Brief Notes on an Oil War

What the Saudis and Russians are doing and why your 401k hates it.

By Eric,

Now that my travel plans are shot, I thought I'd do a bit more writing - but where to begin? I don't feel like I have a handle on the Coronavirus, and frankly writing anything coherent about politics in this moment would take more space than my poor raspberry pi has to offer. I woke up today to the markets crashing, though not for any of the reasons I'd have expected - instead, it's just a good old bit of straight line geopolitics. That, THAT I can get a handle on.

Oh, and obvious note that I'm not an expert. Don't invest based on my musings.

You may have noticed there was a bit of a kerfuffle in the markets this morning. While stocks have taken some hits over the last couple weeks already, it turns out this wasn't a pricing adjustment related to the globe-spanning pandemic or the less-than-confidence-inspiring briefings from the White House. The cause today was the Saudis declaring they would stop supporting the price of oil, in effect declaring a pricing war with Russia.

I want to cover a couple things in this post - first, some background on how we got here; second, why a Saudi/Russia pissing match is ruining your 401k; and finally, what I expect going forward.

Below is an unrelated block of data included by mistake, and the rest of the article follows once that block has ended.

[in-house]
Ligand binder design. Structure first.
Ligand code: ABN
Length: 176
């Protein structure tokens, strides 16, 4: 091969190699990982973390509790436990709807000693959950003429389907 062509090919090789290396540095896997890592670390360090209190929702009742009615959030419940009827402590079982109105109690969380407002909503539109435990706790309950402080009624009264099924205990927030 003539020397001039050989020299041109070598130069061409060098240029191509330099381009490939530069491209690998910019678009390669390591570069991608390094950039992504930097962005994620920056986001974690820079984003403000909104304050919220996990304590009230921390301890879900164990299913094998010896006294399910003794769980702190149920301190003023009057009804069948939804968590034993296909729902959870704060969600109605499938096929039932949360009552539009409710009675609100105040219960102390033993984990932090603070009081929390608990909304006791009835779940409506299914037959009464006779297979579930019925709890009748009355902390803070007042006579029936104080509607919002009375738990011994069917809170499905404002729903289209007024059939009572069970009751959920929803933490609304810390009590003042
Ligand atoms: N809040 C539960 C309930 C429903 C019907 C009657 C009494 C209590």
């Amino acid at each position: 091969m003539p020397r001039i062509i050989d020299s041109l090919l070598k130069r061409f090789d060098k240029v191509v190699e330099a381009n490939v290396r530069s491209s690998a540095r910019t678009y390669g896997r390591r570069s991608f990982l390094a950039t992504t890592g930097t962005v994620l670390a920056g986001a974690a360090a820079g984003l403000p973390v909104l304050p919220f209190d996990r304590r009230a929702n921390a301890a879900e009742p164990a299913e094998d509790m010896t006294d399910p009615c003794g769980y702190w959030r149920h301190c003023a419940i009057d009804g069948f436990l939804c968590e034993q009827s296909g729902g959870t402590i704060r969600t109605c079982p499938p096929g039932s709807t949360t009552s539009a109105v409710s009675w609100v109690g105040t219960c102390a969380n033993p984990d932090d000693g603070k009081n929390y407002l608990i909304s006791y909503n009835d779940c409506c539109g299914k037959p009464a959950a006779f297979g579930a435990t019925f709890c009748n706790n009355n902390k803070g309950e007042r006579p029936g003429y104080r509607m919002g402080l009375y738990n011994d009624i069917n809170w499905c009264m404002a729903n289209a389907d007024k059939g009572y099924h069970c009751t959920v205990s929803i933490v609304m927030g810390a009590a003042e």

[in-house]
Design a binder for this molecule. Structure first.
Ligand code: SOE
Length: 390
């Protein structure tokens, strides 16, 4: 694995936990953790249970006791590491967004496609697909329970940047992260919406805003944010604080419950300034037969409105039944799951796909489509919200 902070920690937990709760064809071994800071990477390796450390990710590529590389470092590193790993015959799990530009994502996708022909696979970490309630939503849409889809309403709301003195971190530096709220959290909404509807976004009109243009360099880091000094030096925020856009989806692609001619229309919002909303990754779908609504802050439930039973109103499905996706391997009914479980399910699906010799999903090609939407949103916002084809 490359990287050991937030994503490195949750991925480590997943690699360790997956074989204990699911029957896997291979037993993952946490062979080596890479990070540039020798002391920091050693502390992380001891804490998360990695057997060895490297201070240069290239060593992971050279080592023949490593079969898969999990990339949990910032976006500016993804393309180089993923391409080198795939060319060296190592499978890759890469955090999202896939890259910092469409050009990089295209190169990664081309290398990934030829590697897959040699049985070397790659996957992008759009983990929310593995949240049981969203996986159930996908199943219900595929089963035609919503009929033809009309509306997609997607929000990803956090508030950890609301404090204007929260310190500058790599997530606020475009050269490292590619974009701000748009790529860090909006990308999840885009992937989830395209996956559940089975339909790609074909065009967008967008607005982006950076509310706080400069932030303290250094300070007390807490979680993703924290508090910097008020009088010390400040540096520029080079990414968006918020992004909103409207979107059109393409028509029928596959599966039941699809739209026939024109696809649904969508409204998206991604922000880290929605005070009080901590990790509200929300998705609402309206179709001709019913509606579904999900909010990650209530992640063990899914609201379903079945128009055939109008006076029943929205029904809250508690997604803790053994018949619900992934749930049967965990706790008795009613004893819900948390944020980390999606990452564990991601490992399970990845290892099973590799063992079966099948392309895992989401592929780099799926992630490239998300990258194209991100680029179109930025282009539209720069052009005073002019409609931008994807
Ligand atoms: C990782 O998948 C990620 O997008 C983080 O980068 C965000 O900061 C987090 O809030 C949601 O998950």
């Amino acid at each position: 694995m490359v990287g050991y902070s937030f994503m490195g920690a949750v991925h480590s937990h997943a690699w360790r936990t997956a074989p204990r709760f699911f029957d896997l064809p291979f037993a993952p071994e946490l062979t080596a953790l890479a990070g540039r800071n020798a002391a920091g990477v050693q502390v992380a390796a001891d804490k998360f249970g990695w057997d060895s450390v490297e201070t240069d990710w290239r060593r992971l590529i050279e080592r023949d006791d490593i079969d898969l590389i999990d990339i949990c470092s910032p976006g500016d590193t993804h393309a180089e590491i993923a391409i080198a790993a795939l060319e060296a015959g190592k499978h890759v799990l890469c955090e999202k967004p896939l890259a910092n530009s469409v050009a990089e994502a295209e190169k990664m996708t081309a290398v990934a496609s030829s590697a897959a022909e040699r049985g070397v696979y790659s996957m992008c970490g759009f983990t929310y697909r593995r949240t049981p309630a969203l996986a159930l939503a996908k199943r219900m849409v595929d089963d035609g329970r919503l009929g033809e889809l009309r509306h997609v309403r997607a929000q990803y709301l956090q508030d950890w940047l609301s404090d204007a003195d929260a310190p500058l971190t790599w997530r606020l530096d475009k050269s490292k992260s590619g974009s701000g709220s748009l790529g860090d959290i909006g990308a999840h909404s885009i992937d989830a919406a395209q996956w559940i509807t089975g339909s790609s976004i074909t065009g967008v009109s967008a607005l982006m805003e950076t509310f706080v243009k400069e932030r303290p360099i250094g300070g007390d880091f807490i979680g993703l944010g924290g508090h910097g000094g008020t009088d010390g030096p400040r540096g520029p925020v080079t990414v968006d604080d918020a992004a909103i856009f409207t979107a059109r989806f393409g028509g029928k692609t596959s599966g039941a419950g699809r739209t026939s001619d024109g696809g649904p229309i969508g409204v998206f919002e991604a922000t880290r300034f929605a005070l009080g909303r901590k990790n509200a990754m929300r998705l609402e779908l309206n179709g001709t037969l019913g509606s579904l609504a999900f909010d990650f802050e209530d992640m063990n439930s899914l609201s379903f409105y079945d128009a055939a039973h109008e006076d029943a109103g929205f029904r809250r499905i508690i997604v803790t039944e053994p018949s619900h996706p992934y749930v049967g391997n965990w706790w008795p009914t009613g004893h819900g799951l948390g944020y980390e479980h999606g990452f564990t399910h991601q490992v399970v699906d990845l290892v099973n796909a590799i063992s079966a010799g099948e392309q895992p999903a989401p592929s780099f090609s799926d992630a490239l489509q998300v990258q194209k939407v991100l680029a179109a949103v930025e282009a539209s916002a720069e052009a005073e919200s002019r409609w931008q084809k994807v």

Background

As you probably know, global oil prices are generally managed by OPEC, headed by Saudi Arabia, along with a couple other players, including Russia. In normal times, these countries work together to set production quotas to assure a high price of oil. The impact of the Coronavirus outbreak on the global economy has been to suppress demand, and thus the price, for oil, both through reducing Chinese factory output and reducing people's willingness to travel. The Russians refused to cut production to boost prices again, which led to the Saudi decision to boost production and cut their prices. The overall impact was to cut effective oil prices by almost 25% overnight.

The foundation of the rift lies in differences between the Saudi and Russian oil markets and how those countries have structured their economies. The Saudis have the second-largest proven oil reserves in the world, and until recently were the largest producers of oil in the world (the US recently passed them, although most US oil is for domestic consumption). They also have the lowest cost of oil production in the world, with estimates ranging between $5 and $10 per barrel. However, the Saudis have an extremely concentrated oil industry, with one company, Saudi Aramco, effectively accounting for the entire Saudi output. The Saudi economy is strongly leveraged on oil, and estimates are that oil prices need to be above $75-85 per barrel to balance the Saudi state budget. The Saudis have enormous cash reserves - on the order of $500Bn or so - to pad the budget, but effectively oil prices below the $75 mark mean the Saudi government is running a deficit.